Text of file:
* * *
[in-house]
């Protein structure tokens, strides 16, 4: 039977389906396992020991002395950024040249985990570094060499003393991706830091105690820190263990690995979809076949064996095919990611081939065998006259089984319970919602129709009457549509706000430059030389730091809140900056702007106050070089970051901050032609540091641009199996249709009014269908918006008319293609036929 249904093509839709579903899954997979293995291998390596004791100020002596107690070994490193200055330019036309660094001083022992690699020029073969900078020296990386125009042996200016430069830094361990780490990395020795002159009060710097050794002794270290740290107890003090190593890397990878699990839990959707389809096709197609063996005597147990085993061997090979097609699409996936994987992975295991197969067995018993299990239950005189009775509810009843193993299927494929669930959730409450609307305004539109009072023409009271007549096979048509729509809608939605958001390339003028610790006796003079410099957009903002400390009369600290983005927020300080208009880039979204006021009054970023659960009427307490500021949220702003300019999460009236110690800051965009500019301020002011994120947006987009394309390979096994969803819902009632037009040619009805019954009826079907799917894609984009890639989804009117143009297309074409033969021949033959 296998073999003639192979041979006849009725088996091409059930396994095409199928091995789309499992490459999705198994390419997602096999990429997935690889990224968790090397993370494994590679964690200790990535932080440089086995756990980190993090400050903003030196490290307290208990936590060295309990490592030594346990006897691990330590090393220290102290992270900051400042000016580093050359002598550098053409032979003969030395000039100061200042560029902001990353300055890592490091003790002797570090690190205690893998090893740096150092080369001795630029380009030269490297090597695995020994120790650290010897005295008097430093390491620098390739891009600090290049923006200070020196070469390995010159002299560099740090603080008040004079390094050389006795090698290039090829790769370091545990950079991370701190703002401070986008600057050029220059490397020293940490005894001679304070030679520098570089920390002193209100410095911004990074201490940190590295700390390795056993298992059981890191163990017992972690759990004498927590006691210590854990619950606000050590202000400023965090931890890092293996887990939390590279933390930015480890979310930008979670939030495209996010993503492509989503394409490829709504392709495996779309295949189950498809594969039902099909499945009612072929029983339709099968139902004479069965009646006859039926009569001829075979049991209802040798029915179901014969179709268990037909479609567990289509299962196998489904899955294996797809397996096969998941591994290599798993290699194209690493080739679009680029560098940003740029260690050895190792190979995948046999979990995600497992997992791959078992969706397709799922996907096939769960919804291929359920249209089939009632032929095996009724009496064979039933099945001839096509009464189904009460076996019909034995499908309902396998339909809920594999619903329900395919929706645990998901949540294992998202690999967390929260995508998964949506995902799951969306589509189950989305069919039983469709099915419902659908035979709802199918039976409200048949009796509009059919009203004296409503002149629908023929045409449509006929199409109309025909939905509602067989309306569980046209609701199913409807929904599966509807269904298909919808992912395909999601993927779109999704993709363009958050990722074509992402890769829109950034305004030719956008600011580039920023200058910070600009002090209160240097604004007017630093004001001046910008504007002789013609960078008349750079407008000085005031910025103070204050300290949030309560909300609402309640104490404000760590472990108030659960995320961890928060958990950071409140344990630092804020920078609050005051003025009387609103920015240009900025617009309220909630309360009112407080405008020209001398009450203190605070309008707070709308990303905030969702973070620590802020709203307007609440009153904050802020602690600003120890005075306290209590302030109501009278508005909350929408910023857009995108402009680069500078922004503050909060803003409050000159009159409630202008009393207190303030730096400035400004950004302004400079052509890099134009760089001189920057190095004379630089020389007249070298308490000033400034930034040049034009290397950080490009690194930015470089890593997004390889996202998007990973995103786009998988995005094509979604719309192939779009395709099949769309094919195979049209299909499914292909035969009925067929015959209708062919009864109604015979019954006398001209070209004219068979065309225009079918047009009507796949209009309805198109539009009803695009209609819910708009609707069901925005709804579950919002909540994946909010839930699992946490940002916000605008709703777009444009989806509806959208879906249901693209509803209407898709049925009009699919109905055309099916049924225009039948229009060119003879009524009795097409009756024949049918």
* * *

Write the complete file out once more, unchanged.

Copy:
[in-house]
């Protein structure tokens, strides 16, 4: 039977389906396992020991002395950024040249985990570094060499003393991706830091105690820190263990690995979809076949064996095919990611081939065998006259089984319970919602129709009457549509706000430059030389730091809140900056702007106050070089970051901050032609540091641009199996249709009014269908918006008319293609036929 249904093509839709579903899954997979293995291998390596004791100020002596107690070994490193200055330019036309660094001083022992690699020029073969900078020296990386125009042996200016430069830094361990780490990395020795002159009060710097050794002794270290740290107890003090190593890397990878699990839990959707389809096709197609063996005597147990085993061997090979097609699409996936994987992975295991197969067995018993299990239950005189009775509810009843193993299927494929669930959730409450609307305004539109009072023409009271007549096979048509729509809608939605958001390339003028610790006796003079410099957009903002400390009369600290983005927020300080208009880039979204006021009054970023659960009427307490500021949220702003300019999460009236110690800051965009500019301020002011994120947006987009394309390979096994969803819902009632037009040619009805019954009826079907799917894609984009890639989804009117143009297309074409033969021949033959 296998073999003639192979041979006849009725088996091409059930396994095409199928091995789309499992490459999705198994390419997602096999990429997935690889990224968790090397993370494994590679964690200790990535932080440089086995756990980190993090400050903003030196490290307290208990936590060295309990490592030594346990006897691990330590090393220290102290992270900051400042000016580093050359002598550098053409032979003969030395000039100061200042560029902001990353300055890592490091003790002797570090690190205690893998090893740096150092080369001795630029380009030269490297090597695995020994120790650290010897005295008097430093390491620098390739891009600090290049923006200070020196070469390995010159002299560099740090603080008040004079390094050389006795090698290039090829790769370091545990950079991370701190703002401070986008600057050029220059490397020293940490005894001679304070030679520098570089920390002193209100410095911004990074201490940190590295700390390795056993298992059981890191163990017992972690759990004498927590006691210590854990619950606000050590202000400023965090931890890092293996887990939390590279933390930015480890979310930008979670939030495209996010993503492509989503394409490829709504392709495996779309295949189950498809594969039902099909499945009612072929029983339709099968139902004479069965009646006859039926009569001829075979049991209802040798029915179901014969179709268990037909479609567990289509299962196998489904899955294996797809397996096969998941591994290599798993290699194209690493080739679009680029560098940003740029260690050895190792190979995948046999979990995600497992997992791959078992969706397709799922996907096939769960919804291929359920249209089939009632032929095996009724009496064979039933099945001839096509009464189904009460076996019909034995499908309902396998339909809920594999619903329900395919929706645990998901949540294992998202690999967390929260995508998964949506995902799951969306589509189950989305069919039983469709099915419902659908035979709802199918039976409200048949009796509009059919009203004296409503002149629908023929045409449509006929199409109309025909939905509602067989309306569980046209609701199913409807929904599966509807269904298909919808992912395909999601993927779109999704993709363009958050990722074509992402890769829109950034305004030719956008600011580039920023200058910070600009002090209160240097604004007017630093004001001046910008504007002789013609960078008349750079407008000085005031910025103070204050300290949030309560909300609402309640104490404000760590472990108030659960995320961890928060958990950071409140344990630092804020920078609050005051003025009387609103920015240009900025617009309220909630309360009112407080405008020209001398009450203190605070309008707070709308990303905030969702973070620590802020709203307007609440009153904050802020602690600003120890005075306290209590302030109501009278508005909350929408910023857009995108402009680069500078922004503050909060803003409050000159009159409630202008009393207190303030730096400035400004950004302004400079052509890099134009760089001189920057190095004379630089020389007249070298308490000033400034930034040049034009290397950080490009690194930015470089890593997004390889996202998007990973995103786009998988995005094509979604719309192939779009395709099949769309094919195979049209299909499914292909035969009925067929015959209708062919009864109604015979019954006398001209070209004219068979065309225009079918047009009507796949209009309805198109539009009803695009209609819910708009609707069901925005709804579950919002909540994946909010839930699992946490940002916000605008709703777009444009989806509806959208879906249901693209509803209407898709049925009009699919109905055309099916049924225009039948229009060119003879009524009795097409009756024949049918």